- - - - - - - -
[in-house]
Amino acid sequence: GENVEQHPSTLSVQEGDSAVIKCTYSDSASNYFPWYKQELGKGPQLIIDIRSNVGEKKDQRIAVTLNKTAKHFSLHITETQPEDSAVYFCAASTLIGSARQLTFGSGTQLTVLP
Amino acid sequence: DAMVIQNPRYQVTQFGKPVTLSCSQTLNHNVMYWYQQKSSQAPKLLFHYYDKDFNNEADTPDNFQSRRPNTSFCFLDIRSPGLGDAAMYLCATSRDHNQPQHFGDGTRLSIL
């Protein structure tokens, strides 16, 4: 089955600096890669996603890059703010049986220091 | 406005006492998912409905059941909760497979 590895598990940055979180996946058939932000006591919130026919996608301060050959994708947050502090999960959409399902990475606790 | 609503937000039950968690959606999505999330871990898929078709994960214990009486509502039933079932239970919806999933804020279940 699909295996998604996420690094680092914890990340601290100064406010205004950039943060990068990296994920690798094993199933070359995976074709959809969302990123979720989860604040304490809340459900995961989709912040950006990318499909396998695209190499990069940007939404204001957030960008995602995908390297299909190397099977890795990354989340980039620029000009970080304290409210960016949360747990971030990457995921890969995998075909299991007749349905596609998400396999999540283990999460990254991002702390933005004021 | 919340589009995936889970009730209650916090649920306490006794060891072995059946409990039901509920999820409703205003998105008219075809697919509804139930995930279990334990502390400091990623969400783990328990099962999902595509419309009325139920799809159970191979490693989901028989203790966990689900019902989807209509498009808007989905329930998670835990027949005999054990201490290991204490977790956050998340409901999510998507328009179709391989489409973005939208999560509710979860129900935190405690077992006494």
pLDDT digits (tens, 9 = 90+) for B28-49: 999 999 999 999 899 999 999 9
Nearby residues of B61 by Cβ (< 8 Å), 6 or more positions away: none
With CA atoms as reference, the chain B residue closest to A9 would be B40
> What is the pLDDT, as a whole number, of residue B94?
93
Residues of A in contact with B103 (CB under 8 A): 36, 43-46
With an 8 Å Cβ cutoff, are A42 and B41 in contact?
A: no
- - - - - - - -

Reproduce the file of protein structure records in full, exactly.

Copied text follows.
[in-house]
Amino acid sequence: GENVEQHPSTLSVQEGDSAVIKCTYSDSASNYFPWYKQELGKGPQLIIDIRSNVGEKKDQRIAVTLNKTAKHFSLHITETQPEDSAVYFCAASTLIGSARQLTFGSGTQLTVLP
Amino acid sequence: DAMVIQNPRYQVTQFGKPVTLSCSQTLNHNVMYWYQQKSSQAPKLLFHYYDKDFNNEADTPDNFQSRRPNTSFCFLDIRSPGLGDAAMYLCATSRDHNQPQHFGDGTRLSIL
């Protein structure tokens, strides 16, 4: 089955600096890669996603890059703010049986220091 | 406005006492998912409905059941909760497979 590895598990940055979180996946058939932000006591919130026919996608301060050959994708947050502090999960959409399902990475606790 | 609503937000039950968690959606999505999330871990898929078709994960214990009486509502039933079932239970919806999933804020279940 699909295996998604996420690094680092914890990340601290100064406010205004950039943060990068990296994920690798094993199933070359995976074709959809969302990123979720989860604040304490809340459900995961989709912040950006990318499909396998695209190499990069940007939404204001957030960008995602995908390297299909190397099977890795990354989340980039620029000009970080304290409210960016949360747990971030990457995921890969995998075909299991007749349905596609998400396999999540283990999460990254991002702390933005004021 | 919340589009995936889970009730209650916090649920306490006794060891072995059946409990039901509920999820409703205003998105008219075809697919509804139930995930279990334990502390400091990623969400783990328990099962999902595509419309009325139920799809159970191979490693989901028989203790966990689900019902989807209509498009808007989905329930998670835990027949005999054990201490290991204490977790956050998340409901999510998507328009179709391989489409973005939208999560509710979860129900935190405690077992006494």
pLDDT digits (tens, 9 = 90+) for B28-49: 999 999 999 999 899 999 999 9
Nearby residues of B61 by Cβ (< 8 Å), 6 or more positions away: none
With CA atoms as reference, the chain B residue closest to A9 would be B40
> What is the pLDDT, as a whole number, of residue B94?
93
Residues of A in contact with B103 (CB under 8 A): 36, 43-46
With an 8 Å Cβ cutoff, are A42 and B41 in contact?
A: no